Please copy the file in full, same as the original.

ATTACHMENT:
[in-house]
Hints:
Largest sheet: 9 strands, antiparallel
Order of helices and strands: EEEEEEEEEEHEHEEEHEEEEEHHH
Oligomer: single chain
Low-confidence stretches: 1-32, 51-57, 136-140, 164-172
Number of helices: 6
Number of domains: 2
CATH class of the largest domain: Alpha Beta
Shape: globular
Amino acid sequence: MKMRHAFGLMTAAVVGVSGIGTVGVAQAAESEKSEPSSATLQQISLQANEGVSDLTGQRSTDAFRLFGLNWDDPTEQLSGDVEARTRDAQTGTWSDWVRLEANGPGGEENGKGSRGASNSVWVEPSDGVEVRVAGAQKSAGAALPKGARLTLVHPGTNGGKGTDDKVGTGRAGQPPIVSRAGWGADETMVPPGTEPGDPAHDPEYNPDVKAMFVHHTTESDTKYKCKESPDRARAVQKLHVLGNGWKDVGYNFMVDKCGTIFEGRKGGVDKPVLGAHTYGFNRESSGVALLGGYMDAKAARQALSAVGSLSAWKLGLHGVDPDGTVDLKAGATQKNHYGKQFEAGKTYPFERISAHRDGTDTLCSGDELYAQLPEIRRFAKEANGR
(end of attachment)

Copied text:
[in-house]
Hints:
Largest sheet: 9 strands, antiparallel
Order of helices and strands: EEEEEEEEEEHEHEEEHEEEEEHHH
Oligomer: single chain
Low-confidence stretches: 1-32, 51-57, 136-140, 164-172
Number of helices: 6
Number of domains: 2
CATH class of the largest domain: Alpha Beta
Shape: globular
Amino acid sequence: MKMRHAFGLMTAAVVGVSGIGTVGVAQAAESEKSEPSSATLQQISLQANEGVSDLTGQRSTDAFRLFGLNWDDPTEQLSGDVEARTRDAQTGTWSDWVRLEANGPGGEENGKGSRGASNSVWVEPSDGVEVRVAGAQKSAGAALPKGARLTLVHPGTNGGKGTDDKVGTGRAGQPPIVSRAGWGADETMVPPGTEPGDPAHDPEYNPDVKAMFVHHTTESDTKYKCKESPDRARAVQKLHVLGNGWKDVGYNFMVDKCGTIFEGRKGGVDKPVLGAHTYGFNRESSGVALLGGYMDAKAARQALSAVGSLSAWKLGLHGVDPDGTVDLKAGATQKNHYGKQFEAGKTYPFERISAHRDGTDTLCSGDELYAQLPEIRRFAKEANGR